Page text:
And with two more seasons to play with, he will be expecting to add to that tally.
But, it didn't always look like he would get the chance to do so. The recently-concluded 2016-2017 season — the first in which Arsenal finished outside the Champions League spots — was supposed to be the one in which everything would come together for Arsenal. Or at least it did until 13 December, 2016. The 1-2 loss to Everton at Goodison Park set in motion a pattern of underachievement at best, mediocrity at worse and egregiousness at worst, marked by the 10-2 (on aggregate) battering at the hands of Bayern Munich in the Champions League Round of 16.
With every press conference or post-match interview, Wenger's brow was increasingly furrowed, his thin lips increasingly pursed and his manner increasingly terse. It's not hard to see why. When it wasn't the media asking him about whether it was time to go, it was a section of fans abusing him, holding up 'Wenger Out' banners and flying similar messages over the stadia.
And that's not even to mention the sort of publicity heights Arsenal Fan TV scaled with its vitriolic rants against the manager. Then there were pundits, former players, former rivals and whatever Piers Morgan is holding forth on why he should leave. Let's not forget the 'Wenger Out' banners appearing at NBA events, WWE events, IPL matches and even an anti-Donald Trump rally, if memory serves.
It's fair to say Wenger emerged as a globally unifying force; except that 'unity', as the Frenchman would admit very recently, destabilised a team that was already hurt by injury, defeat and demoralisation. But through all of this, one clear fact emerged — a fact that probably led to the veteran manager being offered the two-year extension that he has signed: Through thick and thin this season gone by, Wenger showed himself to be the only person to truly care about the club.
We've already spoken about the fans.
When results didn't go their way, the players let their shoulders drop and at times, looked like they'd rather be anywhere else than on the pitch.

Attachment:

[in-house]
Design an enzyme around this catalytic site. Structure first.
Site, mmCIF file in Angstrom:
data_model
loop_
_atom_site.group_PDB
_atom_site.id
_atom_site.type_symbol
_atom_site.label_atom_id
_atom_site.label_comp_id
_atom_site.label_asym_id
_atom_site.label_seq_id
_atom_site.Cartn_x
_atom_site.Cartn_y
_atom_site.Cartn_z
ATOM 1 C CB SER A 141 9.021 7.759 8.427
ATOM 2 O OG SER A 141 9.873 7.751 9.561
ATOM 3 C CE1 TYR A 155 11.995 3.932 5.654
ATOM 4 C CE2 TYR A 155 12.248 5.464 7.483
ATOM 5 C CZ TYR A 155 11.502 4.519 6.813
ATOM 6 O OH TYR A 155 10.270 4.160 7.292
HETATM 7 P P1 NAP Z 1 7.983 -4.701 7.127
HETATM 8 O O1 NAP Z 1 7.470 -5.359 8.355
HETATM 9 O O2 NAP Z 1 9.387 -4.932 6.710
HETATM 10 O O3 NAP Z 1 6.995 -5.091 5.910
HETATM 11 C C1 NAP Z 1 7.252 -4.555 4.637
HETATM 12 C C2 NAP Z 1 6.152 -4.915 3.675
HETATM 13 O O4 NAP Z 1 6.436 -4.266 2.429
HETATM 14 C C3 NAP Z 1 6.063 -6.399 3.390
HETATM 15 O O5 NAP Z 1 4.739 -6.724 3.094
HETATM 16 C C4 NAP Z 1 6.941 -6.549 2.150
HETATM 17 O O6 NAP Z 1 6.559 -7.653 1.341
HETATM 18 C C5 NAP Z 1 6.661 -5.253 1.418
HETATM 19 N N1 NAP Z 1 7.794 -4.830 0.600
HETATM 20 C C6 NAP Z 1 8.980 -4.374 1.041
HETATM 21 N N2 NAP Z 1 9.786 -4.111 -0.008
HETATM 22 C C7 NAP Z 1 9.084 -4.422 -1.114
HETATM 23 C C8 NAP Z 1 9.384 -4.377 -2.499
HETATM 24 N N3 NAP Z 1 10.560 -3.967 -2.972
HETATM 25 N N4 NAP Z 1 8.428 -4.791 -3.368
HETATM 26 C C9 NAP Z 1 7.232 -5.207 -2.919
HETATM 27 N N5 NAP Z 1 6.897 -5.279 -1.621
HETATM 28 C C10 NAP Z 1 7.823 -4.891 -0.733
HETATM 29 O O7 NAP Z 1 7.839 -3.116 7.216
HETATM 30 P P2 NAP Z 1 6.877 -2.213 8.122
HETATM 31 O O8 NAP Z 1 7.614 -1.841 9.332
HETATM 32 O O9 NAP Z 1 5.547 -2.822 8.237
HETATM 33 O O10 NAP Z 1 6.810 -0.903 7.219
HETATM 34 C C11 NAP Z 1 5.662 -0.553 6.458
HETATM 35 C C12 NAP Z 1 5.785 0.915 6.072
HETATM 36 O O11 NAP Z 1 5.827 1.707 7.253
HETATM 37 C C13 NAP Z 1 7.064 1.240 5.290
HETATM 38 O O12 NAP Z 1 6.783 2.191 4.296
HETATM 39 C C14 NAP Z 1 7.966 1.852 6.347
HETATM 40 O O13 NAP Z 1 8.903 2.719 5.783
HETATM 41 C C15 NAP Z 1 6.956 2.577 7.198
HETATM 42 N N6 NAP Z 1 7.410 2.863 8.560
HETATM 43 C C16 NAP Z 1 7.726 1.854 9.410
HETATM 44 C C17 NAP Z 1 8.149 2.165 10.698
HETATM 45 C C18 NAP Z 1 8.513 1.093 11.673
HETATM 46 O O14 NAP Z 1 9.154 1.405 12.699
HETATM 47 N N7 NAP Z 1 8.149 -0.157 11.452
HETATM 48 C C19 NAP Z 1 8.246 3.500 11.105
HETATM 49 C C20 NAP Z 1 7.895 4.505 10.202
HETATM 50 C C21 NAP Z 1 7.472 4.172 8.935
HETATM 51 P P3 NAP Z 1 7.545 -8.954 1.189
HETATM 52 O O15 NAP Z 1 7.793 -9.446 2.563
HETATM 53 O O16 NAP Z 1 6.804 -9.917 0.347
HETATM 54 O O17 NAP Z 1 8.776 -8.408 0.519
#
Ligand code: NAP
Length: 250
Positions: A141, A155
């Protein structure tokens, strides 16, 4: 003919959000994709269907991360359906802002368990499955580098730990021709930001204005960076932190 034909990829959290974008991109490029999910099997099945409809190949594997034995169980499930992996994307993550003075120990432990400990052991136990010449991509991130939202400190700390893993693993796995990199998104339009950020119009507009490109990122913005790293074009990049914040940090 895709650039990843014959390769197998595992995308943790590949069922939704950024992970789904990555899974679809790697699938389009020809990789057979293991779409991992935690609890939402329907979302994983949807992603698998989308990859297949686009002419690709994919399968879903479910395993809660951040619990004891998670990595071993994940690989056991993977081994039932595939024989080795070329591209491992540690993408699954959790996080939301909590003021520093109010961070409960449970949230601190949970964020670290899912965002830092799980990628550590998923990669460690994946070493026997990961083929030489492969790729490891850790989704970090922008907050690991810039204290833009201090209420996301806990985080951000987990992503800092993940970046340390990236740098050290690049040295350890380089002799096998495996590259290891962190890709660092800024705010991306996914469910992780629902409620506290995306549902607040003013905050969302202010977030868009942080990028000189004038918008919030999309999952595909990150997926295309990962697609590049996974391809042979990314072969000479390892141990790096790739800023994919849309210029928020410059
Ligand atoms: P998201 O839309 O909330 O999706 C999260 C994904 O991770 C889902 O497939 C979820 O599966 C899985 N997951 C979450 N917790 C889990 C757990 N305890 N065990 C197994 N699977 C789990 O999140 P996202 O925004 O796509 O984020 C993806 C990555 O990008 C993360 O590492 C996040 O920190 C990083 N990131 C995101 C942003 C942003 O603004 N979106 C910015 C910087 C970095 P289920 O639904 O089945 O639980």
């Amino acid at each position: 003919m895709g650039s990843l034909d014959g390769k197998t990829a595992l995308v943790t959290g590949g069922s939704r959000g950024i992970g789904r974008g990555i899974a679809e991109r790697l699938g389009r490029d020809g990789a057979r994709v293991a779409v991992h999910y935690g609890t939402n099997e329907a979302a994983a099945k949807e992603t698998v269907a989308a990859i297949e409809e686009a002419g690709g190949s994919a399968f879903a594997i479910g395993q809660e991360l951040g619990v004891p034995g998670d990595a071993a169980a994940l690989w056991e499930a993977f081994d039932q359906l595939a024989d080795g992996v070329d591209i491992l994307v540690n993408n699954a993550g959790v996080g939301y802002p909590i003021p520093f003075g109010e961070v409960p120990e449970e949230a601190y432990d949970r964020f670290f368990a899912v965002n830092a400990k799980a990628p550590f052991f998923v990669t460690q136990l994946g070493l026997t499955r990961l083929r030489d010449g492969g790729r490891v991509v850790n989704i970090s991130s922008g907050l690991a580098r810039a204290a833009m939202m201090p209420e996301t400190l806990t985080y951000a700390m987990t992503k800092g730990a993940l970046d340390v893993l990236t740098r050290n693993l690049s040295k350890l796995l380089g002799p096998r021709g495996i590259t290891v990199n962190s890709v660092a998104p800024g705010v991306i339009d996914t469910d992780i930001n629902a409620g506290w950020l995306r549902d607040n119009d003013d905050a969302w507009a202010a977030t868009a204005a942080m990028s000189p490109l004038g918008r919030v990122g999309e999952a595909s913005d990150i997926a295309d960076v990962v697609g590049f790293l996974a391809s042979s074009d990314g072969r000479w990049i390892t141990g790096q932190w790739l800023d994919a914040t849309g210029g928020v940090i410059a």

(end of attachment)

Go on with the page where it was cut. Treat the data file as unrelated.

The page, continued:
While taking the time to drop soundbites about how the manager must be a 'catalyst for change', club chief executive Ivan Gazidis remained absolutely silent when the club, its supporters and manager could have done with him speaking in his defence.
That brings us to Stan Kroenke. It's beneath the dignity of an article about Wenger to even address the sort of person that sees a club as an investment and little else. Decorum and etiquette precludes the use of the word 'parasite' in the context of this owner.
Apart from the care factor, let's be honest: Who are you going to replace him with? With two extra years at his disposal, Wenger can groom his own successor.
The 2016-2017 domestic season came to a close four days ago and already it has been dissected in every way possible. With Wenger having signed his new contract, it would be worth looking to the future and what he can do to ensure that the decision to carry on doesn't backfire on him and the club.
Use ropes, chains or even cables to tie this man down to a new deal
In an age in which the worth of footballers is seen in relation to their price tags, Sánchez has more than than shown he's worth far more than the £31.7 million (around $40 million) Arsenal coughed up for him in 2014. With 30 goals and 13 assists across all competitions in 2016-2017, the Chiléan has emerged as a talisman for the club and embodies the sort of never-say-die spirit most managers would love to have in their teams. Apart from the value he adds to the team, retaining his services would send out a statement of intent to rivals that Arsenal are no longer the selling club of yore and that they have the ambition — the lack of which has been cited as some as reasons to reject the club.